English, Welsh and Scottish Railway Ltd (EWS) is the largest British rail freight company.

EWS was established by a consortium led by Wisconsin Central Ltd in 1996. Canadian National bought Wisconsin Central in 2001, and held approximately 30% of the company.

On 28 June 2007 it was announced at a press conference held by Deutsche Bahn AG (DB), EWS and Spanish rail forwarder Transfesa that DB was to acquire all the shares in EWS as soon as contracts were signed. [cite web|url=http://www.db.de/site/bahn/en/db__group/press/press__information/db__group/070628__acquisition.html|title=Deutsche Bahn plans takeover of EWS and Transfesa|accessdate=2007-06-28|authorlink=http://www.db.de/site/bahn/en/db__group/press/press__information/press__information.html|date=2007-06-28|publisher=Deutsche Bahn] EWS would be part of DB's international rail freight subsidiary, Railion (now named DB Schenker), but would not be rebranded. [cite web|url=http://www.ifw-net.com/freightpubs/ifw/indexarticle.htm?artid=1182561242956|title=DB gets go-ahead for rail takeovers|date=2007-06-29|accessdate=2007-06-30|last=Falkner|first=James|publisher=International Freighting Weekly]


The first stage of the creation of EWS occurred at 0500 on Saturday 9 December 1995 when it was announced that Rail Express Systems had been sold to a consortium led by Wisconsin Central for £25.7 million and renamed North & South Railways Ltd. Included in the sale were 164 locomotives, 677 vans, depots at Crewe, Bristol Barton Hill, Cambridge and Euston Downside (London), and 800 staff. North & South Railways confirmed that it was bidding for all three of the former BR trainload freight companies: Trans-Rail, Mainline Freight and Load-Haul.

The UK Government had hoped to sell the three trainload freight companies as separate businesses to encourage competition. Few bidders were interested in individual companies because of the threat of competition from the other two, but the outright purchase of all three was an attractive proposition.

By December 1995, there were just two bidders in the running for the trainload companies:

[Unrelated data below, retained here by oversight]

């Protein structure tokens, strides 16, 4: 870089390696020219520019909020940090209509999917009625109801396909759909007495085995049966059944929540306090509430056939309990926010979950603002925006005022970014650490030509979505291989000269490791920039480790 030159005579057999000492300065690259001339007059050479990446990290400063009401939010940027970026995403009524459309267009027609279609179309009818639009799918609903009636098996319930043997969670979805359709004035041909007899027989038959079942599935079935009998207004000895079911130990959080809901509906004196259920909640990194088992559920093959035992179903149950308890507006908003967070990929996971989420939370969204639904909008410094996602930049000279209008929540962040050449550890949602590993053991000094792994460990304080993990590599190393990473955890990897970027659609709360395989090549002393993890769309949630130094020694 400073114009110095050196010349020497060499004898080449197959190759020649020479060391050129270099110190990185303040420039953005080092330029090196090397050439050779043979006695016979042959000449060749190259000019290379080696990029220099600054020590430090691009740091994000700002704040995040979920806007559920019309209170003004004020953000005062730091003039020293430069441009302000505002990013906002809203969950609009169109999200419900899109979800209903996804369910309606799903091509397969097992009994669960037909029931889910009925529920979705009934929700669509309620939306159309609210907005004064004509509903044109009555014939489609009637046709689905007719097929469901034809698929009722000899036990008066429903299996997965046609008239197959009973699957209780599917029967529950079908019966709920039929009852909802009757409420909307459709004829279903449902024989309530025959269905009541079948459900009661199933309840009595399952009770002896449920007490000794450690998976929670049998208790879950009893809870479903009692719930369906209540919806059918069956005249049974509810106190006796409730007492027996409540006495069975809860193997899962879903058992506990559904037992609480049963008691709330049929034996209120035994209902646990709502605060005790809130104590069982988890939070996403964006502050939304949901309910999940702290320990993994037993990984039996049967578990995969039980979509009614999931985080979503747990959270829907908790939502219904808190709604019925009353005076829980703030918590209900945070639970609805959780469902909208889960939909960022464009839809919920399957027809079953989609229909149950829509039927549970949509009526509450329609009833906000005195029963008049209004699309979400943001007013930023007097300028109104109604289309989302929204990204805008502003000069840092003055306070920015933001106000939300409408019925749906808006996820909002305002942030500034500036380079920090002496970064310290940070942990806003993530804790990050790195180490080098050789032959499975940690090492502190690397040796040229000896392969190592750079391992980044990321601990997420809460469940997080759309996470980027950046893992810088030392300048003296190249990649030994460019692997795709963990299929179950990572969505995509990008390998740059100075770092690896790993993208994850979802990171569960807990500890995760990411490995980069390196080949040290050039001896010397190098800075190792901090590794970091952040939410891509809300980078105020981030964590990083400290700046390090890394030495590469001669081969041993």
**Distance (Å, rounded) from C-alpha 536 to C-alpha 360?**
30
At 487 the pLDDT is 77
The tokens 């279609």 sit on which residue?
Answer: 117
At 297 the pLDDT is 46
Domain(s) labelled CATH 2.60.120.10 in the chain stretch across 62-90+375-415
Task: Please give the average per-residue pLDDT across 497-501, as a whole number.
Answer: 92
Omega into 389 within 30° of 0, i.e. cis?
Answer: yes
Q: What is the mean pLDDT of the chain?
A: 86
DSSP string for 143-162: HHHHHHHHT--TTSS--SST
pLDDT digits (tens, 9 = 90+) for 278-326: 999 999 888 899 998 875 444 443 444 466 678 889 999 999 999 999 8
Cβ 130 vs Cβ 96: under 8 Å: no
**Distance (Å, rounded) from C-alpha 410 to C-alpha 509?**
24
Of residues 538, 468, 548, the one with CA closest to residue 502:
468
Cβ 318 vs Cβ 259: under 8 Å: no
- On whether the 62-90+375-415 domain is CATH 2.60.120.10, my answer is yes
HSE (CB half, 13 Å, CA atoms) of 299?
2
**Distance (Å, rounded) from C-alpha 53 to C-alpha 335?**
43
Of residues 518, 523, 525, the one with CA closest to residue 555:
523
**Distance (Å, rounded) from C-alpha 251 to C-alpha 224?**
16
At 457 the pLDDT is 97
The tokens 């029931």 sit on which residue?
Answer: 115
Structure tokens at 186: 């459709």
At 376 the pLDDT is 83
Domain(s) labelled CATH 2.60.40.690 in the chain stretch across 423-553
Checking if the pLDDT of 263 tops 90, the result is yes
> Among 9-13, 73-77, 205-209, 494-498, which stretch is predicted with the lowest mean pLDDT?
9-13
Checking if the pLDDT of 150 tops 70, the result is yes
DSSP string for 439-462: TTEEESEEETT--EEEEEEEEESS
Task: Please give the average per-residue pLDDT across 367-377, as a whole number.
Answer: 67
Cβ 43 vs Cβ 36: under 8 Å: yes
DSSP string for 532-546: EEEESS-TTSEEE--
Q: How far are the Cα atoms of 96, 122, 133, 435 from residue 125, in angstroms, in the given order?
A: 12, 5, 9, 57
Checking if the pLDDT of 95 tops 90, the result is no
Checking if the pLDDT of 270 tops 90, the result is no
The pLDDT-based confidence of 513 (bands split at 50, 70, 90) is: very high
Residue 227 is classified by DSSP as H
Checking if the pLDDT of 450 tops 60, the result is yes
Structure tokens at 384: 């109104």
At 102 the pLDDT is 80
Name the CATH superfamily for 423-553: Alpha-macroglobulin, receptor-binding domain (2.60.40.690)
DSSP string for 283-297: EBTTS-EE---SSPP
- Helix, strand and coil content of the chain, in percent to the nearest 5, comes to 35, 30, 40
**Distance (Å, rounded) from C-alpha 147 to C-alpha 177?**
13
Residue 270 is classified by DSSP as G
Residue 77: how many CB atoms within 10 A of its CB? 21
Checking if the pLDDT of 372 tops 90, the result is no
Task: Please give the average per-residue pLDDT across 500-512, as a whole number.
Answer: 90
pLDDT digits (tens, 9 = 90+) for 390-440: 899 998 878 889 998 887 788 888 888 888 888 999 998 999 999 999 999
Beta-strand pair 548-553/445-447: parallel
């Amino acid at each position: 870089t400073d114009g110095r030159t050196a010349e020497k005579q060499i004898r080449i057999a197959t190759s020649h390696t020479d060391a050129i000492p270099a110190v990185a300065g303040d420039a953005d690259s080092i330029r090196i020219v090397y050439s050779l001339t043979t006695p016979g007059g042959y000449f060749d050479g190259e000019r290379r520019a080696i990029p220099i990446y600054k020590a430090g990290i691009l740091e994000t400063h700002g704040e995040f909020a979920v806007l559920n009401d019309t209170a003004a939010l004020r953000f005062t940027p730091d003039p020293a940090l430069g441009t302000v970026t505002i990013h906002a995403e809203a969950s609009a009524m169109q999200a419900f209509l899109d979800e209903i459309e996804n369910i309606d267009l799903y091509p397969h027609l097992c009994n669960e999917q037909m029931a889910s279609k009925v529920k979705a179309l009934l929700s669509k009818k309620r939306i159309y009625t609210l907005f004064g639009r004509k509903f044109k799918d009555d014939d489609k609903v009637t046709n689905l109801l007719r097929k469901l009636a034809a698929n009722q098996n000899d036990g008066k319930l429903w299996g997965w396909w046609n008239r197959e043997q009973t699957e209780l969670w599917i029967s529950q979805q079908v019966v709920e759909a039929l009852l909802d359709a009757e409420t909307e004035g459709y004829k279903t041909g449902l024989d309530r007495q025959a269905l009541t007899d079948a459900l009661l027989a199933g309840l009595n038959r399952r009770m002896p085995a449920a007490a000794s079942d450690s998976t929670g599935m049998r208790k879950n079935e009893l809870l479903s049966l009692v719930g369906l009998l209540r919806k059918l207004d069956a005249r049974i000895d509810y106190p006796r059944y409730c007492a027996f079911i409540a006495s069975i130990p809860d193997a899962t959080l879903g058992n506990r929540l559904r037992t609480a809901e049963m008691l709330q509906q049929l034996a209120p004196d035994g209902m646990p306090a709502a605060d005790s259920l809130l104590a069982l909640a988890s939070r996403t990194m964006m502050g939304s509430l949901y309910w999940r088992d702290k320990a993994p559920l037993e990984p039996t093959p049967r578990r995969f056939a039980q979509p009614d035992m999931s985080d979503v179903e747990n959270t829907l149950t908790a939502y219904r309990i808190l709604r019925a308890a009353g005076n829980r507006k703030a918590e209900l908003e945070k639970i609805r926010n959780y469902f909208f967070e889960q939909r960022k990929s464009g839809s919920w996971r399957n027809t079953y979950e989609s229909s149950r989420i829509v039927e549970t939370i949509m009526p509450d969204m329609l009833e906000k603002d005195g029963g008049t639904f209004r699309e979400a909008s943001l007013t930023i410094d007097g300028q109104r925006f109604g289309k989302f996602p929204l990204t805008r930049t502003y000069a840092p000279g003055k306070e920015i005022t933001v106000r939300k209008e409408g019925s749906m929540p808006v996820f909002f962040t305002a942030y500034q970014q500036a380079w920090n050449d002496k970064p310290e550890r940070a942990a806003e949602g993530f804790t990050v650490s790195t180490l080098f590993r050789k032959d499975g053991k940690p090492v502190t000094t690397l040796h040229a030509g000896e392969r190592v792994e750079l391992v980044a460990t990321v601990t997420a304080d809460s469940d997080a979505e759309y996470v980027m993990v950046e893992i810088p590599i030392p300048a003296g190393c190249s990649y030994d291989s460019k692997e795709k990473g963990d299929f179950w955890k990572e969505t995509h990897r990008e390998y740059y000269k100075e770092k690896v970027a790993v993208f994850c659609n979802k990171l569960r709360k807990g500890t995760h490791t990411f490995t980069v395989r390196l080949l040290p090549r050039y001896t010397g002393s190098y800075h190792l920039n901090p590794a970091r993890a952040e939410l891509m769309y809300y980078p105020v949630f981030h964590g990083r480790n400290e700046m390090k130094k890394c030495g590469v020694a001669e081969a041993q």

* Wisconsin Central
* FirstFreight - Load-Haul’s management backed by Denver-based rail haulier OmniTRAX

In early 1996 it was announced that Wisconsin Central/North & South Railways was the preferred bidder, and on 24 February 1996 the contract was signed. Later that day the formal handover from BRB chairman John Welsby to Wisconsin Central President Ed Burkhardt took place at a ceremony at London’s Marylebone station. Burkhardt announced several plans for the following two years:
* Order 250 new heavy freight locomotives - EWS bought 250 Class 66 locomotives
* Condemn most of the Class 37s and ‘ageing and unreliable’ Class 47s
* Withdraw all the remaining Trainload Class 20s and Class 33s
* Close “a very great many” diesel depots
* Merge the three freight companies with Rail Express Systems
* Reinstate stored Class 08s if increased business warranted it
* Rename the new company ‘London, Central & Scottish Railway’, or similar

£225.15 million was paid for the three trainload freight businesses, which carried 88.7 million tonnes of freight the previous year with a turnover of £559 million. Some critics said that the figure paid was less than the 10% of their replacement value, estimated at an astonishing £3 billion, as they were the only profitable national freight businesses in Europe. Subsequently, Wisconsin Central/North & South Railways purchased Railfreight Distribution and National Power's railfreight operation.

EWS’ identity

The EWS livery is an in-house UK development of the Wisconsin Central corporate colours. Engineers at Toton were told to investigate how the WC corporate colours of maroon and gold (originally taken from the Soo Line) could be applied to smaller British locomotive designs. The overall concept was satisfactory, but there was difficulty in meeting the Chief Executive’s request that the words "Wisconsin Central" and the company's logo be emblazoned in red capitals on the gold band.

The specification that was outlined for the new EWS livery was:
* Maroon - bodysides, roofs and ends. To get the correct WC shade of maroon, a sample ‘plate’ was flown from the USA to the UK and colours mixed to match it. When the Class 66s and 67s were being built, WC sent another sample ‘plate’ to General Motors to mix, and it is said that this shade is slightly lighter than the British mix.Fact|date=March 2007
* Black - underframes and bufferbeams.
* Gold - most locomotives have a 600-mm gold band, but Class 37s, 58s and 73s look better with a 550-mm band due to their ‘odd’ shapes.
* Yellow - standard UK cab-end warning panels, and a reflective tape along the bottom of the body side, a safety feature taken from WC practice arising from the need in the USA for locomotives to be visible at night to motorists approaching unprotected level crossings.

All lettering was also in maroon applied over the gold, including: